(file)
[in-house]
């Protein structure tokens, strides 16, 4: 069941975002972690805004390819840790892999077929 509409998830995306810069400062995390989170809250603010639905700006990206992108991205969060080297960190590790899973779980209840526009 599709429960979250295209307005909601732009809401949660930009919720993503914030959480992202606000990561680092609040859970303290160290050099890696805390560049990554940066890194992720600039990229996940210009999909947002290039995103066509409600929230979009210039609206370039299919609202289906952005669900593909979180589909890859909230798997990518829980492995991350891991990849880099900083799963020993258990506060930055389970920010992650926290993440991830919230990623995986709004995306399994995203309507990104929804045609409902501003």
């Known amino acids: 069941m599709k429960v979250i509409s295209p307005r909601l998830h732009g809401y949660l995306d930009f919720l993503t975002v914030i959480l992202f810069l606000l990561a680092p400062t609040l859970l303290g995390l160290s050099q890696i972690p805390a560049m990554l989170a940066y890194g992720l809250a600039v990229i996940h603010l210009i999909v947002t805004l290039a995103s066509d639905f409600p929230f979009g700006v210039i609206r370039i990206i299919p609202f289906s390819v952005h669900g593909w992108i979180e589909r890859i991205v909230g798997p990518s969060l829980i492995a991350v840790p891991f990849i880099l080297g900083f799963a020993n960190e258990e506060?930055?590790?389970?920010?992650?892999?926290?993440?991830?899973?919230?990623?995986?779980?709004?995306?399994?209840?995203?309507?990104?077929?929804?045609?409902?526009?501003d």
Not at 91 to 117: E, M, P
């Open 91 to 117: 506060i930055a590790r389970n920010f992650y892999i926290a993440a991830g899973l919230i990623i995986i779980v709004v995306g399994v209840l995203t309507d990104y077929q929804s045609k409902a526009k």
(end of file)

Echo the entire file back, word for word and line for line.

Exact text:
[in-house]
């Protein structure tokens, strides 16, 4: 069941975002972690805004390819840790892999077929 509409998830995306810069400062995390989170809250603010639905700006990206992108991205969060080297960190590790899973779980209840526009 599709429960979250295209307005909601732009809401949660930009919720993503914030959480992202606000990561680092609040859970303290160290050099890696805390560049990554940066890194992720600039990229996940210009999909947002290039995103066509409600929230979009210039609206370039299919609202289906952005669900593909979180589909890859909230798997990518829980492995991350891991990849880099900083799963020993258990506060930055389970920010992650926290993440991830919230990623995986709004995306399994995203309507990104929804045609409902501003």
């Known amino acids: 069941m599709k429960v979250i509409s295209p307005r909601l998830h732009g809401y949660l995306d930009f919720l993503t975002v914030i959480l992202f810069l606000l990561a680092p400062t609040l859970l303290g995390l160290s050099q890696i972690p805390a560049m990554l989170a940066y890194g992720l809250a600039v990229i996940h603010l210009i999909v947002t805004l290039a995103s066509d639905f409600p929230f979009g700006v210039i609206r370039i990206i299919p609202f289906s390819v952005h669900g593909w992108i979180e589909r890859i991205v909230g798997p990518s969060l829980i492995a991350v840790p891991f990849i880099l080297g900083f799963a020993n960190e258990e506060?930055?590790?389970?920010?992650?892999?926290?993440?991830?899973?919230?990623?995986?779980?709004?995306?399994?209840?995203?309507?990104?077929?929804?045609?409902?526009?501003d």
Not at 91 to 117: E, M, P
């Open 91 to 117: 506060i930055a590790r389970n920010f992650y892999i926290a993440a991830g899973l919230i990623i995986i779980v709004v995306g399994v209840l995203t309507d990104y077929q929804s045609k409902a526009k």